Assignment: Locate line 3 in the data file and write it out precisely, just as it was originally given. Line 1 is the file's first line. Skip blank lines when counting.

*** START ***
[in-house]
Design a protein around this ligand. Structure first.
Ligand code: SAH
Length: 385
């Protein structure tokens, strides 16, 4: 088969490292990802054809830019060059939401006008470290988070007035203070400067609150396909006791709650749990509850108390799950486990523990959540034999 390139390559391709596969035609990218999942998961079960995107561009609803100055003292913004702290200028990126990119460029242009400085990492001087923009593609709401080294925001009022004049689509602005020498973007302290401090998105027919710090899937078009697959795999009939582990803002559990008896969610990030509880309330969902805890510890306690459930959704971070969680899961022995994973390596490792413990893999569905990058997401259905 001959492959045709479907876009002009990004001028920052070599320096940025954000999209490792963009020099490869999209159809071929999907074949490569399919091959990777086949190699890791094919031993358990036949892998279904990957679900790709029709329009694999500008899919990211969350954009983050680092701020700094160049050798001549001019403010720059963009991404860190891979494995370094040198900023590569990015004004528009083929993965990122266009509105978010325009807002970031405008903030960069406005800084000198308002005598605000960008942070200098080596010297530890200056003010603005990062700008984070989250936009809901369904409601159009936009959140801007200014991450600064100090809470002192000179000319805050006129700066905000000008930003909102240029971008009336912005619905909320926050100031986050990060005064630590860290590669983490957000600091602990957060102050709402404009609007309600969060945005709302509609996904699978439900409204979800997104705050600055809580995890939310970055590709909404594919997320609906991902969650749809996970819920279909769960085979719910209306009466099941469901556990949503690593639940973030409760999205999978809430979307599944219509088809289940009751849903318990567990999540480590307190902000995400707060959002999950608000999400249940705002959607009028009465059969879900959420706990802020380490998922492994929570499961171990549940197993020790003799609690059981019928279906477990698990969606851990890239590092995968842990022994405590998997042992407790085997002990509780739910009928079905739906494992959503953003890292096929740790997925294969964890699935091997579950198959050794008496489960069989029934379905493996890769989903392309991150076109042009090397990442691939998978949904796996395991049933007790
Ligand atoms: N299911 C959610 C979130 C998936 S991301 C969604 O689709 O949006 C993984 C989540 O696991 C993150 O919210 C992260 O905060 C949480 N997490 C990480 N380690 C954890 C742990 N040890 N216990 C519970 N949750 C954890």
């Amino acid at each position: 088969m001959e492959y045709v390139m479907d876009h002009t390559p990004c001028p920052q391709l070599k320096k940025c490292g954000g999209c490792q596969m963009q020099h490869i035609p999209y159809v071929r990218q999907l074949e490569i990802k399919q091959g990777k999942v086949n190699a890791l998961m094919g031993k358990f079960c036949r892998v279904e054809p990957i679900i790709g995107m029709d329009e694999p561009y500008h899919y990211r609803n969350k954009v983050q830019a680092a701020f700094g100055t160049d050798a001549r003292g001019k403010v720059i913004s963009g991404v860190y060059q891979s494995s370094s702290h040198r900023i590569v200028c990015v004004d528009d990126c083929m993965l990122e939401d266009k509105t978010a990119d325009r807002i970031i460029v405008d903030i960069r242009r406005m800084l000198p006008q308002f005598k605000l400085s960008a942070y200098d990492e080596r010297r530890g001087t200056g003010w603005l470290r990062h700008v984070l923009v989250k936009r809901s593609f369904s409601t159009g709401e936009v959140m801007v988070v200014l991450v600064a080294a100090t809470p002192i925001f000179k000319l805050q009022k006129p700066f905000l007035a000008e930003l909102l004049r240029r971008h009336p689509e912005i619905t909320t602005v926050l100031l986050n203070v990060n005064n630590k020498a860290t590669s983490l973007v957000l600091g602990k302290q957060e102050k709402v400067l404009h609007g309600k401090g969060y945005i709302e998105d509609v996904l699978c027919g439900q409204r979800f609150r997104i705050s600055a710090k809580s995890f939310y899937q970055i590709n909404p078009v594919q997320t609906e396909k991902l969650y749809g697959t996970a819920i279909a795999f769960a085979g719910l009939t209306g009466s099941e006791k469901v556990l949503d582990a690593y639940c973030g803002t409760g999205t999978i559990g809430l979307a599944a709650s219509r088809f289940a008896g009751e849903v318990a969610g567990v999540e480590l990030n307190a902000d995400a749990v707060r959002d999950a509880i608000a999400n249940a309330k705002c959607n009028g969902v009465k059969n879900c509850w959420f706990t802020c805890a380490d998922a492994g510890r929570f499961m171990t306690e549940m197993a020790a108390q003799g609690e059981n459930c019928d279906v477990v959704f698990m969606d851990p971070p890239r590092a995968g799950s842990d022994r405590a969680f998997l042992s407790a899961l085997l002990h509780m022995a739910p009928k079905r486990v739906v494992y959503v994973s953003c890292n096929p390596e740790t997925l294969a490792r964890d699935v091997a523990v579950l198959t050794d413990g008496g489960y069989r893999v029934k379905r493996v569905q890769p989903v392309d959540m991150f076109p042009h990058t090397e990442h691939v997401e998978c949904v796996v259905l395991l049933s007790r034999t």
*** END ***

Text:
Ligand code: SAH